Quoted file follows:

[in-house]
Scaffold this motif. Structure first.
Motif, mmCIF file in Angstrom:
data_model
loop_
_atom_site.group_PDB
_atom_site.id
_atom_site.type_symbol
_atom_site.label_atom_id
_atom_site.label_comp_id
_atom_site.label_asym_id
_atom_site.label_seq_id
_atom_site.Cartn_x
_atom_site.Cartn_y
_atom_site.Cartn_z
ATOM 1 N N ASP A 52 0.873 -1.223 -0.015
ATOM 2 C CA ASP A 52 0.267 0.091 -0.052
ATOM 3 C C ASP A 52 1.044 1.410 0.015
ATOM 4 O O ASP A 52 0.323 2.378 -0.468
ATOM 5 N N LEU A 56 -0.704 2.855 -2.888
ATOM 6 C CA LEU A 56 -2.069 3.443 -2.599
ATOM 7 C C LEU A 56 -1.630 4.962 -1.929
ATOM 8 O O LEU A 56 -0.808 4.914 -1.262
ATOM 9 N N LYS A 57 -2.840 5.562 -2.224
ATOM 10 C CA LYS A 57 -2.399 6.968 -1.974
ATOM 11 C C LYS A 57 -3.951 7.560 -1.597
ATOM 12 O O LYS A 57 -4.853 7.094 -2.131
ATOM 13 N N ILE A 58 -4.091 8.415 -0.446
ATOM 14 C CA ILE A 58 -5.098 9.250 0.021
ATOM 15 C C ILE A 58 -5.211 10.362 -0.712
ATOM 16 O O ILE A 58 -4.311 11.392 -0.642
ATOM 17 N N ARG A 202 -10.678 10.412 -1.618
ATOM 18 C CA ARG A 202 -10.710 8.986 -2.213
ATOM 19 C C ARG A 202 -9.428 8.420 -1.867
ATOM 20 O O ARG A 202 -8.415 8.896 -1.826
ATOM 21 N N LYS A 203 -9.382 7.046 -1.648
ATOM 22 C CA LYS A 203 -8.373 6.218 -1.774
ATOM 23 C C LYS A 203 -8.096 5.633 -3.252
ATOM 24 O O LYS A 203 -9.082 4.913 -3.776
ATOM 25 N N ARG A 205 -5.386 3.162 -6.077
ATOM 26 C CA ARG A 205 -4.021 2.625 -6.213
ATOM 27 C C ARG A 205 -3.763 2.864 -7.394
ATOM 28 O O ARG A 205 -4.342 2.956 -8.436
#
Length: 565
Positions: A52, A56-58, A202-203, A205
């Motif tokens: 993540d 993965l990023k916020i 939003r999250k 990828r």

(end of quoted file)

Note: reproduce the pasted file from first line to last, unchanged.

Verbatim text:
[in-house]
Scaffold this motif. Structure first.
Motif, mmCIF file in Angstrom:
data_model
loop_
_atom_site.group_PDB
_atom_site.id
_atom_site.type_symbol
_atom_site.label_atom_id
_atom_site.label_comp_id
_atom_site.label_asym_id
_atom_site.label_seq_id
_atom_site.Cartn_x
_atom_site.Cartn_y
_atom_site.Cartn_z
ATOM 1 N N ASP A 52 0.873 -1.223 -0.015
ATOM 2 C CA ASP A 52 0.267 0.091 -0.052
ATOM 3 C C ASP A 52 1.044 1.410 0.015
ATOM 4 O O ASP A 52 0.323 2.378 -0.468
ATOM 5 N N LEU A 56 -0.704 2.855 -2.888
ATOM 6 C CA LEU A 56 -2.069 3.443 -2.599
ATOM 7 C C LEU A 56 -1.630 4.962 -1.929
ATOM 8 O O LEU A 56 -0.808 4.914 -1.262
ATOM 9 N N LYS A 57 -2.840 5.562 -2.224
ATOM 10 C CA LYS A 57 -2.399 6.968 -1.974
ATOM 11 C C LYS A 57 -3.951 7.560 -1.597
ATOM 12 O O LYS A 57 -4.853 7.094 -2.131
ATOM 13 N N ILE A 58 -4.091 8.415 -0.446
ATOM 14 C CA ILE A 58 -5.098 9.250 0.021
ATOM 15 C C ILE A 58 -5.211 10.362 -0.712
ATOM 16 O O ILE A 58 -4.311 11.392 -0.642
ATOM 17 N N ARG A 202 -10.678 10.412 -1.618
ATOM 18 C CA ARG A 202 -10.710 8.986 -2.213
ATOM 19 C C ARG A 202 -9.428 8.420 -1.867
ATOM 20 O O ARG A 202 -8.415 8.896 -1.826
ATOM 21 N N LYS A 203 -9.382 7.046 -1.648
ATOM 22 C CA LYS A 203 -8.373 6.218 -1.774
ATOM 23 C C LYS A 203 -8.096 5.633 -3.252
ATOM 24 O O LYS A 203 -9.082 4.913 -3.776
ATOM 25 N N ARG A 205 -5.386 3.162 -6.077
ATOM 26 C CA ARG A 205 -4.021 2.625 -6.213
ATOM 27 C C ARG A 205 -3.763 2.864 -7.394
ATOM 28 O O ARG A 205 -4.342 2.956 -8.436
#
Length: 565
Positions: A52, A56-58, A202-203, A205
């Motif tokens: 993540d 993965l990023k916020i 939003r999250k 990828r």